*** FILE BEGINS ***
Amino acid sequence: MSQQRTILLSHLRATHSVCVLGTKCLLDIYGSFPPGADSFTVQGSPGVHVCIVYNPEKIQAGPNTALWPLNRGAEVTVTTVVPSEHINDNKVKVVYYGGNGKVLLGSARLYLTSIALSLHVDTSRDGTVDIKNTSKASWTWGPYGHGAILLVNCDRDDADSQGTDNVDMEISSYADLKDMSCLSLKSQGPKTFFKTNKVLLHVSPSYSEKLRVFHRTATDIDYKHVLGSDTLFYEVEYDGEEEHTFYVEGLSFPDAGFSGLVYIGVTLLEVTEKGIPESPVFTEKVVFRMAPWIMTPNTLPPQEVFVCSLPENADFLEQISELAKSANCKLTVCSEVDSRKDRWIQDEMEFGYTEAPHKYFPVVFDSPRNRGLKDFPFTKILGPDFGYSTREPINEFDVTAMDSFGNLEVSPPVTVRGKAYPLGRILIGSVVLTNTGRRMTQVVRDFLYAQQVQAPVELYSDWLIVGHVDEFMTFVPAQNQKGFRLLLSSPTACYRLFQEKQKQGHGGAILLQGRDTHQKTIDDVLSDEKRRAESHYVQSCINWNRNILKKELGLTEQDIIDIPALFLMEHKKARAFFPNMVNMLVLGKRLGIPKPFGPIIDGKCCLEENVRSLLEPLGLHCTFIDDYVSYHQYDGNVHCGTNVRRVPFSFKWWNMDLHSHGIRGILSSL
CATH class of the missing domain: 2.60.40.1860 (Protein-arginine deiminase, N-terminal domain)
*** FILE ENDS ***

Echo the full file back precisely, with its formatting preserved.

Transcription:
Amino acid sequence: MSQQRTILLSHLRATHSVCVLGTKCLLDIYGSFPPGADSFTVQGSPGVHVCIVYNPEKIQAGPNTALWPLNRGAEVTVTTVVPSEHINDNKVKVVYYGGNGKVLLGSARLYLTSIALSLHVDTSRDGTVDIKNTSKASWTWGPYGHGAILLVNCDRDDADSQGTDNVDMEISSYADLKDMSCLSLKSQGPKTFFKTNKVLLHVSPSYSEKLRVFHRTATDIDYKHVLGSDTLFYEVEYDGEEEHTFYVEGLSFPDAGFSGLVYIGVTLLEVTEKGIPESPVFTEKVVFRMAPWIMTPNTLPPQEVFVCSLPENADFLEQISELAKSANCKLTVCSEVDSRKDRWIQDEMEFGYTEAPHKYFPVVFDSPRNRGLKDFPFTKILGPDFGYSTREPINEFDVTAMDSFGNLEVSPPVTVRGKAYPLGRILIGSVVLTNTGRRMTQVVRDFLYAQQVQAPVELYSDWLIVGHVDEFMTFVPAQNQKGFRLLLSSPTACYRLFQEKQKQGHGGAILLQGRDTHQKTIDDVLSDEKRRAESHYVQSCINWNRNILKKELGLTEQDIIDIPALFLMEHKKARAFFPNMVNMLVLGKRLGIPKPFGPIIDGKCCLEENVRSLLEPLGLHCTFIDDYVSYHQYDGNVHCGTNVRRVPFSFKWWNMDLHSHGIRGILSSL
CATH class of the missing domain: 2.60.40.1860 (Protein-arginine deiminase, N-terminal domain)